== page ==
As spring blooms, Sancerre launches season for whites

Sancerre with lentil salad and grilled chicken
Pat has fond memories of traipsing through the Loire Valley one summer. As much as the rolling green land and the amazing fairy-tale châteaux, she remembers the food-friendly local wines. Then this winter we encountered some Cabernet Franc that reminded us how good Loire Valley reds can be with fish and lighter summer fare. The valley is home base to some of the greatest French wine grapes not called Cabernet Sauvignon or Chardonnay. With summer on the horizon, we realized it was time to rectify our lack of attention to Loire Valley wines—some of which are the quintessential sips at the end of long, warm day.

We got a respite from our chilly, damp spring last week in time for the forsythia to burst into bloom. It was warm enough to light the grill, so we brushed some lightly brined chicken with sesame oil and slow-grilled it over indirect heat. The non-vinous star of the meal was the accompanying cold lentil salad with crumbled goat cheese. (See recipe below.)

The wine was a 2015 Sancerre from Domaine de la Perrière. It’s the flagship white of Saget Perrière, ninth generation winemakers from Pouilly-sur-Loire, and worth far more than its $24 list price. U.S. consumers often dismiss Sancerre as “merely Sauvignon Blanc.” That’s a little like saying that a grand cru Burgundy is “only Chardonnay.” Sancerre is one of the best-rounded expressions of Sauvignon Blanc—full of luscious white fruit, full but not tart acids, and a minerality that cuts through unctuous cheeses or fish. This particular Sancerre has a remarkable freshness from the flower aromas of the first sniff to the lingering lemon zest in the aftertaste. It’s made entirely with wild yeasts and aged at least three months on the lees, where it picks up some bread-y aromas and an almost meaty mouth feel.

FRENCH LENTIL SALAD


This recipe is adapted from a version that David Leibovitz published in My Paris Kitchen. He has another variation on his web site (www.davidlebovitz.com), and we’ve found additional variants in several French cookbooks. But we credit Leibovitz for turning us on to the dish, which we’ve altered and adapted over the years. Thanks, David.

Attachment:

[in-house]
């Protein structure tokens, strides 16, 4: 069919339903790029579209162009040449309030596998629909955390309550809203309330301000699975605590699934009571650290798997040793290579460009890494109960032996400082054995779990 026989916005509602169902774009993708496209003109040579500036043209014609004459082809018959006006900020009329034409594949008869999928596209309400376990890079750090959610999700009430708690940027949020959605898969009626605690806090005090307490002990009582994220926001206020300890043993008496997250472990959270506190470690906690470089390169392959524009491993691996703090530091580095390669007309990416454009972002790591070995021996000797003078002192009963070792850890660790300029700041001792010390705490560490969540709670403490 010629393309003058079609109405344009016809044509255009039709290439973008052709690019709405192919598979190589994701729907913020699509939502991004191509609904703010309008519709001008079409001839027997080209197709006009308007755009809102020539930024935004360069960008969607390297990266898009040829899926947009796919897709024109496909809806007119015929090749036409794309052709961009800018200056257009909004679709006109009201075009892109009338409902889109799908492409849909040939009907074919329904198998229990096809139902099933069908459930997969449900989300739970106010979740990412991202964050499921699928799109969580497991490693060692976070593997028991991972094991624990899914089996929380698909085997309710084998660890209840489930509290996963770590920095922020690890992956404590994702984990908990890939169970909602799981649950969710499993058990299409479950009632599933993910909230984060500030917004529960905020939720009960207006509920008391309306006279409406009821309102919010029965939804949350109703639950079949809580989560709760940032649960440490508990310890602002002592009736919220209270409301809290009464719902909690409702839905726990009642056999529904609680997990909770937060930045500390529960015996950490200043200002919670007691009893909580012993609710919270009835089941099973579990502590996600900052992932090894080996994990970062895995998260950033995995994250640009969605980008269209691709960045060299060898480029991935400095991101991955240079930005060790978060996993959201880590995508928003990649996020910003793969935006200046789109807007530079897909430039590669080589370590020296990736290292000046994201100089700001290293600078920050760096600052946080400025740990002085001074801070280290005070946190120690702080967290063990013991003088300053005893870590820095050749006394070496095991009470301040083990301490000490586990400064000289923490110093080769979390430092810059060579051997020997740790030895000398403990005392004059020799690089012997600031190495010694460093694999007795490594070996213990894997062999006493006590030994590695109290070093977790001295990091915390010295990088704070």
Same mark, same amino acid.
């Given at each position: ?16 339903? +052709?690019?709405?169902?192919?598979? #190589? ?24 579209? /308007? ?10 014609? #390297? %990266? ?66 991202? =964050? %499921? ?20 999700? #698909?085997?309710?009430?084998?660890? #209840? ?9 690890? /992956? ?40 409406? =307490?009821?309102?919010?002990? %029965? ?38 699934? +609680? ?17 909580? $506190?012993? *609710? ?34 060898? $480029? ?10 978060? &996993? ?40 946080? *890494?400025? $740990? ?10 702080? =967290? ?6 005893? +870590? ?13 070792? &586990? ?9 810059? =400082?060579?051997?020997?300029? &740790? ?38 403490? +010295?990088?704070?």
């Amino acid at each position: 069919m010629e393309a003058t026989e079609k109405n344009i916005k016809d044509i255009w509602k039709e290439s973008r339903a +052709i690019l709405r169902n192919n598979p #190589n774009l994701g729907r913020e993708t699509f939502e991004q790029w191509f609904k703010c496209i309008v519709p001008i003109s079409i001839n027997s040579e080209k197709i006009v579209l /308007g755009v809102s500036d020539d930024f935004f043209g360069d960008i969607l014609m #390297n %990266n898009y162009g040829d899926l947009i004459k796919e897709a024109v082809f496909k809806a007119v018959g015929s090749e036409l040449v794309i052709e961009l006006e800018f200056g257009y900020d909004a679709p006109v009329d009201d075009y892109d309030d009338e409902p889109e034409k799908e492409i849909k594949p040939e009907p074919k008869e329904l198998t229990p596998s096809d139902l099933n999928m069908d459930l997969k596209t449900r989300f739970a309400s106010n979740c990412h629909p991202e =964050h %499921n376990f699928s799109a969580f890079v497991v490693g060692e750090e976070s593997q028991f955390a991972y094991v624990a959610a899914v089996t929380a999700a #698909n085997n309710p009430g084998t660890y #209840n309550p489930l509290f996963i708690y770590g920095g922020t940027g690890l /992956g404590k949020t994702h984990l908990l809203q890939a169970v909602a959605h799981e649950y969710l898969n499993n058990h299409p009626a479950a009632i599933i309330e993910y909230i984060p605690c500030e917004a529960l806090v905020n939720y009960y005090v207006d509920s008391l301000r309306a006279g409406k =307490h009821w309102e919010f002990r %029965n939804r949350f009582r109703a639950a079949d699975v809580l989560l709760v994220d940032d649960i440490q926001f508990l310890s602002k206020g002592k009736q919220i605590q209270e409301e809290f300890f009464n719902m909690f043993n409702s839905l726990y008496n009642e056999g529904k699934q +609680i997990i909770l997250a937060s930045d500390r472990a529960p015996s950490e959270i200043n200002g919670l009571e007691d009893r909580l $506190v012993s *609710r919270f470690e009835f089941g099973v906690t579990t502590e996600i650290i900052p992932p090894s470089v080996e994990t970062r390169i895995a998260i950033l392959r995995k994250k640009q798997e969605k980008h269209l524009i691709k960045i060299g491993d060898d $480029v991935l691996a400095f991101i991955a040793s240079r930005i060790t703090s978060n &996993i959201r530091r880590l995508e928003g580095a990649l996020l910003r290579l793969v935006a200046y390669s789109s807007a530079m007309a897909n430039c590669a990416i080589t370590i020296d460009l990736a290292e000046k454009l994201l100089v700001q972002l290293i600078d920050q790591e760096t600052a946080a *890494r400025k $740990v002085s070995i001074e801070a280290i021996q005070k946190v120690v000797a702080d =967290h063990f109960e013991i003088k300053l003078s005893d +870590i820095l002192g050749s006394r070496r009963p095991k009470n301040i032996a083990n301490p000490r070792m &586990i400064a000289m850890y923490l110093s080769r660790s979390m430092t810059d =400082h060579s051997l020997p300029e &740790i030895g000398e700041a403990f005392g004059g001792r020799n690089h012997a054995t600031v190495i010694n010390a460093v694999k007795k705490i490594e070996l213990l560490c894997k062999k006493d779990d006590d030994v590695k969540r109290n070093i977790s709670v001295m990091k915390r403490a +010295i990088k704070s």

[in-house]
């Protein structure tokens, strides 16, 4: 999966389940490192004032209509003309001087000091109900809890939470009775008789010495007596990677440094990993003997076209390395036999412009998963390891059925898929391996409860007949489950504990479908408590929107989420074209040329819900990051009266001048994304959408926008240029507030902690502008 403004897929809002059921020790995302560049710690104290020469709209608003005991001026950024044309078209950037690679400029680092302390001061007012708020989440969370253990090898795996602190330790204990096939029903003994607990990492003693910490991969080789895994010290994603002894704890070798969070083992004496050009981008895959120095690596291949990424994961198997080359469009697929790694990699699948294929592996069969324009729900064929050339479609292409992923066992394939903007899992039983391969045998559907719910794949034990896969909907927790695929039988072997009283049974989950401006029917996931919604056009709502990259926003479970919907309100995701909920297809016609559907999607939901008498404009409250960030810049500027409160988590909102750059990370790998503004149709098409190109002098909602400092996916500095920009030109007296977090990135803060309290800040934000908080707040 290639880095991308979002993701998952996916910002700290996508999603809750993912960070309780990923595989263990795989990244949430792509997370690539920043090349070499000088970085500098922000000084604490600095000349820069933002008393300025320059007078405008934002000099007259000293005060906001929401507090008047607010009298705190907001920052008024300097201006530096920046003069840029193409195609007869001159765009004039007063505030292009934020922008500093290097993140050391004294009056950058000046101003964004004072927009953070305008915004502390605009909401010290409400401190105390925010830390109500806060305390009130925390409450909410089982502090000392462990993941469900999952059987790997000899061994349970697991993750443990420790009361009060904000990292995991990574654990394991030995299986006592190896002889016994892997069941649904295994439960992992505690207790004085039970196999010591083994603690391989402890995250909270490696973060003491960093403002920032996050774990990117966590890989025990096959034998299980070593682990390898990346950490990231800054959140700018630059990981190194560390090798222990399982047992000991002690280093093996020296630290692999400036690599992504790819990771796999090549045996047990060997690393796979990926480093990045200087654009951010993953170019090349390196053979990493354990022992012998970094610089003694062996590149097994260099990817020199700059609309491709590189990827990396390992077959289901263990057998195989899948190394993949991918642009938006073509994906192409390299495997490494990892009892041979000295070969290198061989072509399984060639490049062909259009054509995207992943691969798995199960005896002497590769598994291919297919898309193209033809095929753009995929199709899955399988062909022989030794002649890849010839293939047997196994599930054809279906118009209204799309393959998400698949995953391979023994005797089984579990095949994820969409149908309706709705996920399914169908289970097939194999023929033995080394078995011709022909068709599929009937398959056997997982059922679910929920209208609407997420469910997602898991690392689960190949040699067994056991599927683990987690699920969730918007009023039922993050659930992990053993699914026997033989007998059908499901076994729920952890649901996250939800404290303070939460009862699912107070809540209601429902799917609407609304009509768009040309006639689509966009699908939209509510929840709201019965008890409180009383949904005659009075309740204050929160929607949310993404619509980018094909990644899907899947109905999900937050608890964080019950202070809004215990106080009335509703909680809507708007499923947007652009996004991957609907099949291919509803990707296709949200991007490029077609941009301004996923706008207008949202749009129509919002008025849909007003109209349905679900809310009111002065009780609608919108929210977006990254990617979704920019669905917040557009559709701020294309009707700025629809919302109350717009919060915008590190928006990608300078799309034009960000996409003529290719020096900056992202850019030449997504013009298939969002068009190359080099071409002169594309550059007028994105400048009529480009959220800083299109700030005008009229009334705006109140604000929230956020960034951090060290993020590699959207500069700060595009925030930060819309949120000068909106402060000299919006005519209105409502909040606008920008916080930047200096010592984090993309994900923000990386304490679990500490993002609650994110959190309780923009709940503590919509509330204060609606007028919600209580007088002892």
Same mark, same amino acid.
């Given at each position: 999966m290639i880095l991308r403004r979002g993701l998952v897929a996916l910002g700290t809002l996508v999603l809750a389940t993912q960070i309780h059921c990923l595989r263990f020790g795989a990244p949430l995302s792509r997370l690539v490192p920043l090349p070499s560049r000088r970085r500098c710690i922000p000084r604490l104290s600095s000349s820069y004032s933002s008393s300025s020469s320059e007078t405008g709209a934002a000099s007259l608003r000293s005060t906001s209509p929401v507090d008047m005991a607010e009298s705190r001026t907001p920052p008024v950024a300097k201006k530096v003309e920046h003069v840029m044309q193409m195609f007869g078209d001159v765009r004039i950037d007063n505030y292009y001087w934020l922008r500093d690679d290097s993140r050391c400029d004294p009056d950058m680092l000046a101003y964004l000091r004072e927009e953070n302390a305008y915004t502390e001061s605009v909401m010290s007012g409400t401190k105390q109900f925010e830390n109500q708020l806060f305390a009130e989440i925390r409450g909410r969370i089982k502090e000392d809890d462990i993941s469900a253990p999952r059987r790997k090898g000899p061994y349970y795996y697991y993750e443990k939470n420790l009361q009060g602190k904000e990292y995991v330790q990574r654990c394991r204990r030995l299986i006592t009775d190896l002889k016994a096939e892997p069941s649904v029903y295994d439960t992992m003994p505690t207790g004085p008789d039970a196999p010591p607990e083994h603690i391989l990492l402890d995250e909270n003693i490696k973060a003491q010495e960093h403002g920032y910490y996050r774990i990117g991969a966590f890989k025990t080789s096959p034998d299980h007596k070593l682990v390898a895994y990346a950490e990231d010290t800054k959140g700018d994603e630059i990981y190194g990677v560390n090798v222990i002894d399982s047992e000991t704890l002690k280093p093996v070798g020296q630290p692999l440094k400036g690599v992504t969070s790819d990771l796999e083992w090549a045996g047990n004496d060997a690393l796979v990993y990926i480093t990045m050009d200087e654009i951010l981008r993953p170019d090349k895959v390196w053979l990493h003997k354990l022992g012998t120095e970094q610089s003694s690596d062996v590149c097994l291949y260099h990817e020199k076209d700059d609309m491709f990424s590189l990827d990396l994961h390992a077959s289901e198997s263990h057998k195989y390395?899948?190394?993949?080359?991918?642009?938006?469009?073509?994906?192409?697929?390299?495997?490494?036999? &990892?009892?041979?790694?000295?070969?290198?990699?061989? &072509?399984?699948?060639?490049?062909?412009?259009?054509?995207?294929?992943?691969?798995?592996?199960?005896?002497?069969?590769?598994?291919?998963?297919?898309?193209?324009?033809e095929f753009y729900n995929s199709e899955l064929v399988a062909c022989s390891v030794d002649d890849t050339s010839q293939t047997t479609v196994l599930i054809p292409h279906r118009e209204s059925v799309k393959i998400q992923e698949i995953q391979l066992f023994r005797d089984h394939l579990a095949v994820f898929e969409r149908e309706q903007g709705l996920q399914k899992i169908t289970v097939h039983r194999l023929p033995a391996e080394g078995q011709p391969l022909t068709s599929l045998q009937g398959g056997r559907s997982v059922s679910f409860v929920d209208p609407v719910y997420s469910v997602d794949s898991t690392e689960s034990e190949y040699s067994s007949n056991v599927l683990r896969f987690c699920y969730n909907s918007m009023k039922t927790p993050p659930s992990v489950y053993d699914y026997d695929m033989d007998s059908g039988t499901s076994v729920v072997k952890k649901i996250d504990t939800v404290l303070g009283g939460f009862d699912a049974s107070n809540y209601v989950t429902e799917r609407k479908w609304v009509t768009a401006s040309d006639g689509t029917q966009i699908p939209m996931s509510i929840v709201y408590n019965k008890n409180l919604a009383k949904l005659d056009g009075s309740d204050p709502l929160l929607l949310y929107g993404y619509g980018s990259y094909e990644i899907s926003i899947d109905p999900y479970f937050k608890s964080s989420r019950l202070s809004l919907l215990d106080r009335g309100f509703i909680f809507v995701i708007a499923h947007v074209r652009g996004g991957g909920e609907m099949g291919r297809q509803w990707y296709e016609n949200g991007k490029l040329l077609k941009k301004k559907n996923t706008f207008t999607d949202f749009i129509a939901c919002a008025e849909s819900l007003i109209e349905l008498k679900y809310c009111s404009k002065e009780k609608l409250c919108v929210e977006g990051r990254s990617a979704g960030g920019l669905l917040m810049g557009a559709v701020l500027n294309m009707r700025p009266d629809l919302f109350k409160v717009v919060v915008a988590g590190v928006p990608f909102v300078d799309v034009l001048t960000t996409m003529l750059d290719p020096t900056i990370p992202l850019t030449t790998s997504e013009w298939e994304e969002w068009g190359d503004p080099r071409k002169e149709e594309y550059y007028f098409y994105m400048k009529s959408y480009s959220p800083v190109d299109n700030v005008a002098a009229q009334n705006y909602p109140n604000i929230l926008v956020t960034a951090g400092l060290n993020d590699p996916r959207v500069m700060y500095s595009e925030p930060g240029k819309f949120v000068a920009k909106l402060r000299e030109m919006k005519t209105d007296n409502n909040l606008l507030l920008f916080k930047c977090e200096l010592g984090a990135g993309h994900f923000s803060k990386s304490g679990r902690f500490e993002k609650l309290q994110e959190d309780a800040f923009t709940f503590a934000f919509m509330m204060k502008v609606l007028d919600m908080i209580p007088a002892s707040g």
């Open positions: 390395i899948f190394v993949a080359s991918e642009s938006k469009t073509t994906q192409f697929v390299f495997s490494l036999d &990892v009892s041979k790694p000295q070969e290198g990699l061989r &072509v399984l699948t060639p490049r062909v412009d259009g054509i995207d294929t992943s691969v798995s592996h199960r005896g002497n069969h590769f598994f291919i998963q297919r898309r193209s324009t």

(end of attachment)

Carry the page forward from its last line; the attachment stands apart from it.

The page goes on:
Makes 6 cups

Ingredients

1 1/2 cups Le Puy green lentils
4 cups water
2 teaspoons sea salt
1 bay leaf
1/2 teaspoon dried thyme
1 cup peeled and finely diced carrot
1 cup peeled and finely diced celery
1 small onion, peeled and finely diced
1 tablespoon wine vinegar
1 1/4 teaspoons sea salt
1 teaspoon Dijon mustard
1/3 cup olive oil
1 shallot, peeled and minced
freshly ground black pepper
1/2 cup chopped flat-leaf parsley
1 cup walnuts, toasted and chopped to small pea size
1 cup crumbled fresh chèvre

Directions

Place lentils in a 3-quart saucepan. Add 4 cups of water and 2 teaspoons salt to cover lentils by about 2 inches. Add bay leaf and thyme. Bring to a boil, then reduce heat and simmer for 15 minutes. Add the carrot, celery, and onion and cook 5 minutes more. Be careful not to overcook lentils.

While lentils are cooking, whisk together the vinegar, salt, mustard, oil, and shallot in a large bowl.

Drain the lentils and vegetables well. Stir them into the dressing while still warm, coating the lentils completely. Remove the bay leaf and let mixture cool to room temperature, turning it over a few times as it cools to distribute dressing. Add a few twists of black pepper and stir in parsley, walnuts, and goat cheese before serving. We like to serve in small crowns molded in a 1/3 cup measuring cup.

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Pat and David

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